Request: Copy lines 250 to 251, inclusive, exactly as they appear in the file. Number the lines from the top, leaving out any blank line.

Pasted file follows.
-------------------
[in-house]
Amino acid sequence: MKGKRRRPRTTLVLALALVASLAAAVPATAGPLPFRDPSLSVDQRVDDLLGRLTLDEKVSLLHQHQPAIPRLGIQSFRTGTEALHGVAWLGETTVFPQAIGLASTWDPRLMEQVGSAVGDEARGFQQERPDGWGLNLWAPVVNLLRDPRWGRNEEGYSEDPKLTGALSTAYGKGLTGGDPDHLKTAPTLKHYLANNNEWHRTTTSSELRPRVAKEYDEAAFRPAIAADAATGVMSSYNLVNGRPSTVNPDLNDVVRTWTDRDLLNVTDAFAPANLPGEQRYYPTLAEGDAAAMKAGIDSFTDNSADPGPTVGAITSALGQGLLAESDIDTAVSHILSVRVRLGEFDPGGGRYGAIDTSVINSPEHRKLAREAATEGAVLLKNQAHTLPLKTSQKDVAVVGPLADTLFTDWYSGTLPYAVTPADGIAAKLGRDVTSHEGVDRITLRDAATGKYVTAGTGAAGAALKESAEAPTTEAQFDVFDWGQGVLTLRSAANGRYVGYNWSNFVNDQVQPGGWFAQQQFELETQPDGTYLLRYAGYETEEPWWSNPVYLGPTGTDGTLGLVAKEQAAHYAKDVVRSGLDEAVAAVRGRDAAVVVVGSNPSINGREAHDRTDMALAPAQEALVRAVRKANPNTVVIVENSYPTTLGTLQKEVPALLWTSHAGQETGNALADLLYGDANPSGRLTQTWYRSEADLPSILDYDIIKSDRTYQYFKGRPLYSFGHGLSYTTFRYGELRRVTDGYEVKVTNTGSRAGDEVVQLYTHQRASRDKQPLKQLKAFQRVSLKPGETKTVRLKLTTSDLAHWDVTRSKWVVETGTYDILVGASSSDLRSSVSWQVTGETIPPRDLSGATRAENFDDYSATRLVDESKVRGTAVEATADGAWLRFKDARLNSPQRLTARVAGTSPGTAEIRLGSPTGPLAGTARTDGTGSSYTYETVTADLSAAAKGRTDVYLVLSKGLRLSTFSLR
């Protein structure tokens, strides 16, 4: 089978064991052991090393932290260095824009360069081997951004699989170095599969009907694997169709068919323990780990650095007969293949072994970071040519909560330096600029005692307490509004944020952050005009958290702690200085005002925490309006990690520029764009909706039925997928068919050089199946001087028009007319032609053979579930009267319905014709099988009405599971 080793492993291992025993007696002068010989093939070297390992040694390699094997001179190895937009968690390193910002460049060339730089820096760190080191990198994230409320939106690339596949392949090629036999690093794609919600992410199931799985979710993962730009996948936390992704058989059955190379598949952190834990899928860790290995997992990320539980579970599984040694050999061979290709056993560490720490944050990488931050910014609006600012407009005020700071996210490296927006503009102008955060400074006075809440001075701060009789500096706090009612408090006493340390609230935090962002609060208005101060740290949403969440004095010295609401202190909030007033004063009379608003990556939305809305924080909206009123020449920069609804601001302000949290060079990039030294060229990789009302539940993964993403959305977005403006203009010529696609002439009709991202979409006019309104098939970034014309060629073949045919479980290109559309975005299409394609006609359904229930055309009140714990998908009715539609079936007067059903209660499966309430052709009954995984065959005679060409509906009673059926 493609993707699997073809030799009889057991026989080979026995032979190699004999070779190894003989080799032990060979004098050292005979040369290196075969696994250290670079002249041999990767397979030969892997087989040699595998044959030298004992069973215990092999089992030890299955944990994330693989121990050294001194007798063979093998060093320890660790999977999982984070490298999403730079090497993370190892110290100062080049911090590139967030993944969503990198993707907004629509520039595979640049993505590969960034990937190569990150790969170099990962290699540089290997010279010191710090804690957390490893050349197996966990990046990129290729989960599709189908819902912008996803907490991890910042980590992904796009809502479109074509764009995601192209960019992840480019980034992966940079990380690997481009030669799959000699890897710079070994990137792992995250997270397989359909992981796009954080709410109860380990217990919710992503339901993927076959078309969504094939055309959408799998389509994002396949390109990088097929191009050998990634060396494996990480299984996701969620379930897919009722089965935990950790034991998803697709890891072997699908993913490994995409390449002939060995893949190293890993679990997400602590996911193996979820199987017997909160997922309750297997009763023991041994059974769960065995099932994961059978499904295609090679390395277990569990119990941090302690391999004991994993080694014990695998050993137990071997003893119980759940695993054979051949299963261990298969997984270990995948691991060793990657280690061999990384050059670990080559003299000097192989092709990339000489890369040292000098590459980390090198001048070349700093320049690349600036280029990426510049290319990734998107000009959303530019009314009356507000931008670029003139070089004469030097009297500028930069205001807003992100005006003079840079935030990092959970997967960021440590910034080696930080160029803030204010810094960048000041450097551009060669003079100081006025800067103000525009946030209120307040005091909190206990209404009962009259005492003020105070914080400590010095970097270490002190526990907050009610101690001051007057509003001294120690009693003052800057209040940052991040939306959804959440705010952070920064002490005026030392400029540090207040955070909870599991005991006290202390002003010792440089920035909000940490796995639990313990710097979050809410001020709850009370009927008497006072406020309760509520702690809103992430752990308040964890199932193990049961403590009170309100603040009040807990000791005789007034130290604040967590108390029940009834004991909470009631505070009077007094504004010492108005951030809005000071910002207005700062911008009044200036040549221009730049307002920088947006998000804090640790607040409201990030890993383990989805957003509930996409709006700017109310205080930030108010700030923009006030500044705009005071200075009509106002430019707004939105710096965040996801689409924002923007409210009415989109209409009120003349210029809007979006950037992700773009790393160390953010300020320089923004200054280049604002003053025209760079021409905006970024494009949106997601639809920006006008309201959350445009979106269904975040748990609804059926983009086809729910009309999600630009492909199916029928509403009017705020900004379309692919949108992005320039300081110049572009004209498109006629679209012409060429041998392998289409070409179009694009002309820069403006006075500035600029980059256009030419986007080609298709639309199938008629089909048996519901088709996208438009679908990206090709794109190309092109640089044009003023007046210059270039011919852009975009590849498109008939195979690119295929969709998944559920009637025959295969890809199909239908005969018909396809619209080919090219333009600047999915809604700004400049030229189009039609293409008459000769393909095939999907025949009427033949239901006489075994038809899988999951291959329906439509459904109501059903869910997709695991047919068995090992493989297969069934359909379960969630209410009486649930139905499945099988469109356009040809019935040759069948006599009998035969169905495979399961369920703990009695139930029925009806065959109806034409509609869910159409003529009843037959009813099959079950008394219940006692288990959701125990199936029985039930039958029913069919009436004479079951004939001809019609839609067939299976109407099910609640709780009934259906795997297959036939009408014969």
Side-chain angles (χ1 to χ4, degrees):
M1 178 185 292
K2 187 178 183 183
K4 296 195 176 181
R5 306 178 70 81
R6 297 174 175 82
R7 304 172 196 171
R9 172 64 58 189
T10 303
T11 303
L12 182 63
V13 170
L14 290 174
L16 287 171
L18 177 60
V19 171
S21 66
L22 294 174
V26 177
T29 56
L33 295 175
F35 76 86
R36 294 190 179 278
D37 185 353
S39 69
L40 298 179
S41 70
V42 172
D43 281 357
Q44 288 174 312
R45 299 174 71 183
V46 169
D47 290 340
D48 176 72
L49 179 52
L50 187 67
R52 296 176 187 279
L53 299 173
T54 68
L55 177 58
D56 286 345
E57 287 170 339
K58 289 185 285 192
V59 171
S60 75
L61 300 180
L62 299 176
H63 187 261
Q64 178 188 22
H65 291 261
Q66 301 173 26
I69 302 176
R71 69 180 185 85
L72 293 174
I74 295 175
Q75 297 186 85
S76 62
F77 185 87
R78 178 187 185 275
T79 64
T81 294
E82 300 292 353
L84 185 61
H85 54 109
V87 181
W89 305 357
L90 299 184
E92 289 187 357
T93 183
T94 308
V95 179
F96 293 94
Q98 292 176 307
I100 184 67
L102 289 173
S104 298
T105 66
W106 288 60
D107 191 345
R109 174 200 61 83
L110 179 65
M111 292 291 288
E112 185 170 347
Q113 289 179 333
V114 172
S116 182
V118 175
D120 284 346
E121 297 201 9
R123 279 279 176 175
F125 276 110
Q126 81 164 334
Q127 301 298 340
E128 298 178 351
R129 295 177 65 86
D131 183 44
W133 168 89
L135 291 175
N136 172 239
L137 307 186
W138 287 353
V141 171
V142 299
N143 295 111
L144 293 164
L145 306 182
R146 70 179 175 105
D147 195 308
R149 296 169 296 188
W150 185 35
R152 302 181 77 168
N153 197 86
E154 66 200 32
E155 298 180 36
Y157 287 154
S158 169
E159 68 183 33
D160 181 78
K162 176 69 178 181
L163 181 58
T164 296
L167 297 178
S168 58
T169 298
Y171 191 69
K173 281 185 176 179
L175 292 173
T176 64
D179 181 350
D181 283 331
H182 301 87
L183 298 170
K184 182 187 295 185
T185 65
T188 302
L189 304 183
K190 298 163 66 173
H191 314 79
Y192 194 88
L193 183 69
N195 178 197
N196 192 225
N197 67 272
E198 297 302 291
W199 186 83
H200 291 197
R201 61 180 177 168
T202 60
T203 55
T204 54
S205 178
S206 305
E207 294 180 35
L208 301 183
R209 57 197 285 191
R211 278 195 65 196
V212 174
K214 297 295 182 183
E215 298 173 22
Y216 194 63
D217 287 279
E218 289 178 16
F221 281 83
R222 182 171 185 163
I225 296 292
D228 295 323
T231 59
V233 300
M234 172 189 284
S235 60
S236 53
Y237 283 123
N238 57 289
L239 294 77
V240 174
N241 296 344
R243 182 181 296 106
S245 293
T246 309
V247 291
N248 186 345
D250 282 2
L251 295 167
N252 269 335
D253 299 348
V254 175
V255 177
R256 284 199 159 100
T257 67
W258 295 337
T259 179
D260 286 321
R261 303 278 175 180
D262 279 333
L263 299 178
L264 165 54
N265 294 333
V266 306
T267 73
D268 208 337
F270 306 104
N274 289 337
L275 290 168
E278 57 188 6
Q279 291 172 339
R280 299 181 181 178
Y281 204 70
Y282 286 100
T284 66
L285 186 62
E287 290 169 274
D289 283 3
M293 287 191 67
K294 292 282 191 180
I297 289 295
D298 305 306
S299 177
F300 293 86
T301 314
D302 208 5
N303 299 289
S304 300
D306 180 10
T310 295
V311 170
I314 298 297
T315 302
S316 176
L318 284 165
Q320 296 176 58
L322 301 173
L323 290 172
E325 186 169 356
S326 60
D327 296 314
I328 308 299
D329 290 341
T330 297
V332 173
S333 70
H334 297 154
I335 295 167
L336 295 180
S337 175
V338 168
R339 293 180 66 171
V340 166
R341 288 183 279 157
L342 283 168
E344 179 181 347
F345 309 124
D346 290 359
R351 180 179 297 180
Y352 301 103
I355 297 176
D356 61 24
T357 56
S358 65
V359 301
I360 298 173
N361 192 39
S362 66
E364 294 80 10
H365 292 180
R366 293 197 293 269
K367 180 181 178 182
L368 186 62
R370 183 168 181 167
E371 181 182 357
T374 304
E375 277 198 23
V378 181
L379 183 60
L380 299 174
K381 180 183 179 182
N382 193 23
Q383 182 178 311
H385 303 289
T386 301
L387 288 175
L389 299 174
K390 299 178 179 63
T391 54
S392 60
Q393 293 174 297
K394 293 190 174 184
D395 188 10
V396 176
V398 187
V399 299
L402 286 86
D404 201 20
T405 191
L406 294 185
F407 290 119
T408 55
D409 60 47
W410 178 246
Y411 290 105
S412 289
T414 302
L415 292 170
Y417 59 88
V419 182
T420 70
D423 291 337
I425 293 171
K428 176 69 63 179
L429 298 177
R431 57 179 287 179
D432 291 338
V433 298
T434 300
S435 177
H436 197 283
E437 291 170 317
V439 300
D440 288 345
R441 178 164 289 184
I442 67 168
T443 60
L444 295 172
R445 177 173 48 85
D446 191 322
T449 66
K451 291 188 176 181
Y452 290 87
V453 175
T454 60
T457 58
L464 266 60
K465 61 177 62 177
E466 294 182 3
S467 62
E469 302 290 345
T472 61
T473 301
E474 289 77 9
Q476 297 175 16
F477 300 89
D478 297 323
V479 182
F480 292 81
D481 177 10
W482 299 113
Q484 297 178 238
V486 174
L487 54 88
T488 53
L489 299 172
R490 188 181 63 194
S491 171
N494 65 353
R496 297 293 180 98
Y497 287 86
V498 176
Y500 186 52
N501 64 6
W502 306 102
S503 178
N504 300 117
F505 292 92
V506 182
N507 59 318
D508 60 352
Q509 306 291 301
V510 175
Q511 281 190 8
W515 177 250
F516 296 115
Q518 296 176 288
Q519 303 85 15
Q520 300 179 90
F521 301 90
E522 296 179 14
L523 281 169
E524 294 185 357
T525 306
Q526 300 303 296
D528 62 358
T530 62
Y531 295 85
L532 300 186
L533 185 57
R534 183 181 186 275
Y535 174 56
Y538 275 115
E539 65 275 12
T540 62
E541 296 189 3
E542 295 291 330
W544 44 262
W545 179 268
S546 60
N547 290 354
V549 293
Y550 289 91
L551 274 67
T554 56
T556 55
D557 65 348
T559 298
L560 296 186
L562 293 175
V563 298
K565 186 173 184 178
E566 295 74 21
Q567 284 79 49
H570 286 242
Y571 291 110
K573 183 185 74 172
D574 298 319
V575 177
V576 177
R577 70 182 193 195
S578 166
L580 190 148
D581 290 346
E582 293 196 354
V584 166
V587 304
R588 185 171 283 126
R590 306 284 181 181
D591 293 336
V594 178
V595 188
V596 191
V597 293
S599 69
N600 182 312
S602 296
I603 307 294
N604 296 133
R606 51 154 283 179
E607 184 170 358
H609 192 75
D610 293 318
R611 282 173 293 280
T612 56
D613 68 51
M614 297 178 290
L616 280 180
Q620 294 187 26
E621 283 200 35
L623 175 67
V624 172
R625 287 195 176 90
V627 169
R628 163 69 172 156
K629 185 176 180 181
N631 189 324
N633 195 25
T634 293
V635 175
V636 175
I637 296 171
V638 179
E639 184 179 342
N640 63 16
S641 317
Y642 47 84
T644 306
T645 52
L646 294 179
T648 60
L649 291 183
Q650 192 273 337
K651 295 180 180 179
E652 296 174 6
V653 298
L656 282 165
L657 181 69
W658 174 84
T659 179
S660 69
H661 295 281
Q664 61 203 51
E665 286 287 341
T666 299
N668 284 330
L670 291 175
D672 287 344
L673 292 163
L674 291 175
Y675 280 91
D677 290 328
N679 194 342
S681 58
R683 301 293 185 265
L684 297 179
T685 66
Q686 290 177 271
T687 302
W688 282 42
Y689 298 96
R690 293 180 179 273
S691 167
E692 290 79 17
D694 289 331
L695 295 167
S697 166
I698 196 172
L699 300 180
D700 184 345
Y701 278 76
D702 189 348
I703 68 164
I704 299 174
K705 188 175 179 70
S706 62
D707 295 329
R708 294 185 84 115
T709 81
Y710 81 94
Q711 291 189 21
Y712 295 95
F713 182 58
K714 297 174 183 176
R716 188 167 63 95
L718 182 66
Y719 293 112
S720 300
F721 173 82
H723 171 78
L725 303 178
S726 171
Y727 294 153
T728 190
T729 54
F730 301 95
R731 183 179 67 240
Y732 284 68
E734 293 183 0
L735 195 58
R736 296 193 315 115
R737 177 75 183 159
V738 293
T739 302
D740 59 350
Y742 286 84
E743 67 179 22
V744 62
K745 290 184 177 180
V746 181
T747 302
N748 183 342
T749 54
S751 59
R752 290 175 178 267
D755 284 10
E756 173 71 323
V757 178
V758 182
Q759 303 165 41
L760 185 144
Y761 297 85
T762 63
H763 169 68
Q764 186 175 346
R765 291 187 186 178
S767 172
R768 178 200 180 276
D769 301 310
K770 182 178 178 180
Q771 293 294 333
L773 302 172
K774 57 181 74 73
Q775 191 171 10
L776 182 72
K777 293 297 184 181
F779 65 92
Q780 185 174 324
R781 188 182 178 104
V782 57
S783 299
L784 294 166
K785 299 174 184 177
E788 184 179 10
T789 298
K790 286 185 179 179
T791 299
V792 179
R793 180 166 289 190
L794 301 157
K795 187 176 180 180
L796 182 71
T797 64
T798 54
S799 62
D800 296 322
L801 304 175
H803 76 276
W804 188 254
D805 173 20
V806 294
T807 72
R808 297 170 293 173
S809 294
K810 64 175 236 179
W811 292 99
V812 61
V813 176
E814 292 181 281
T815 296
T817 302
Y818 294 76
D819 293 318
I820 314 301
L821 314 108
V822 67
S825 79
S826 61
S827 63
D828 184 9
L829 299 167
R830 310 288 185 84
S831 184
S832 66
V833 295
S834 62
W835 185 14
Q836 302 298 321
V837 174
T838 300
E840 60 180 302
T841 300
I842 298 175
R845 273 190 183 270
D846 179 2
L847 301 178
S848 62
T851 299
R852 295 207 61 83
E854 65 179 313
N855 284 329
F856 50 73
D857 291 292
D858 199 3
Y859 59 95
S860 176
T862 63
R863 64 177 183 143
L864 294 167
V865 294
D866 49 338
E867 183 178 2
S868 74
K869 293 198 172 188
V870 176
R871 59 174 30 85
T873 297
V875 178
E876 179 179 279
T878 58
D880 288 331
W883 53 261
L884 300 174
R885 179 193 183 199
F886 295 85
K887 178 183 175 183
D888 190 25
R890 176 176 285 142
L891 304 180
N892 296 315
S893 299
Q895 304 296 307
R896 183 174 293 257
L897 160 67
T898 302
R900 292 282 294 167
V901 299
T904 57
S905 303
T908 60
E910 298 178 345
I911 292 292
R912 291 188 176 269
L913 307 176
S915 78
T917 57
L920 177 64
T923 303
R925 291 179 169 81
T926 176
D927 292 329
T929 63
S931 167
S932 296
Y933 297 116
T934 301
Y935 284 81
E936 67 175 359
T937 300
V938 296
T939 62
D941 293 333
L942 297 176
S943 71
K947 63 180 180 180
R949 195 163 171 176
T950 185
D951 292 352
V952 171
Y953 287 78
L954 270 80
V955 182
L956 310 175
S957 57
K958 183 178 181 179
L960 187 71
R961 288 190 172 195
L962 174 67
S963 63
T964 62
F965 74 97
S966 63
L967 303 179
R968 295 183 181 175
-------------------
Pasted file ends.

V340 166
R341 288 183 279 157